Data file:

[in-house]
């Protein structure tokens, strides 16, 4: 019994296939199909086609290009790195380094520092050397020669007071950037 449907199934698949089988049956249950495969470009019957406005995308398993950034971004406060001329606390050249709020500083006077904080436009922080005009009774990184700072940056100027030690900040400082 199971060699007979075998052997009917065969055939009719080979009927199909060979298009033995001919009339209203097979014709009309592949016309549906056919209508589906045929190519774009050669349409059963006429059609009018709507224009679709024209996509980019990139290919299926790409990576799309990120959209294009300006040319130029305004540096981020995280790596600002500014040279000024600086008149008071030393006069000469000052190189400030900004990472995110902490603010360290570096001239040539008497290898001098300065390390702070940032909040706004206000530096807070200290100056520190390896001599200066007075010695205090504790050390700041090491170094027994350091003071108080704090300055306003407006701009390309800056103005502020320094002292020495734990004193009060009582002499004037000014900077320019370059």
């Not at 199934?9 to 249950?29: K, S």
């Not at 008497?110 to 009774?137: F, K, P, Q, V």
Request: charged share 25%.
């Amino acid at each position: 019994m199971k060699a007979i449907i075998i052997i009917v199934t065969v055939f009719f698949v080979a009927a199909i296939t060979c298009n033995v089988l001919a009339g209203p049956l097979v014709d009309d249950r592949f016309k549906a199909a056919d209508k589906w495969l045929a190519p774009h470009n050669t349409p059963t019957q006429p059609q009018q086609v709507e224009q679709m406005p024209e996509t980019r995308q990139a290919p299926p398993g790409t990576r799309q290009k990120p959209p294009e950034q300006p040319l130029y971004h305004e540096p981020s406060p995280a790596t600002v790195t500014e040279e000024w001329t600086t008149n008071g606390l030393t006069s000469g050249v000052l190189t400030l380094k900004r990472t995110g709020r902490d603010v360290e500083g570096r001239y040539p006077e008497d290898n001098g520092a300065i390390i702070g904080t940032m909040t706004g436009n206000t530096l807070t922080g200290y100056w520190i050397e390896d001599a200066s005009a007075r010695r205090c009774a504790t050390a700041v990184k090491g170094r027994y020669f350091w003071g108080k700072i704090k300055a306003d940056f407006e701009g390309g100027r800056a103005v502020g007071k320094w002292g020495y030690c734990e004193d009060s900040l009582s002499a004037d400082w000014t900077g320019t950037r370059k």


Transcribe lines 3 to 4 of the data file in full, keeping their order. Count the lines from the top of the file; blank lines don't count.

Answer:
């Not at 199934?9 to 249950?29: K, S």
């Not at 008497?110 to 009774?137: F, K, P, Q, V």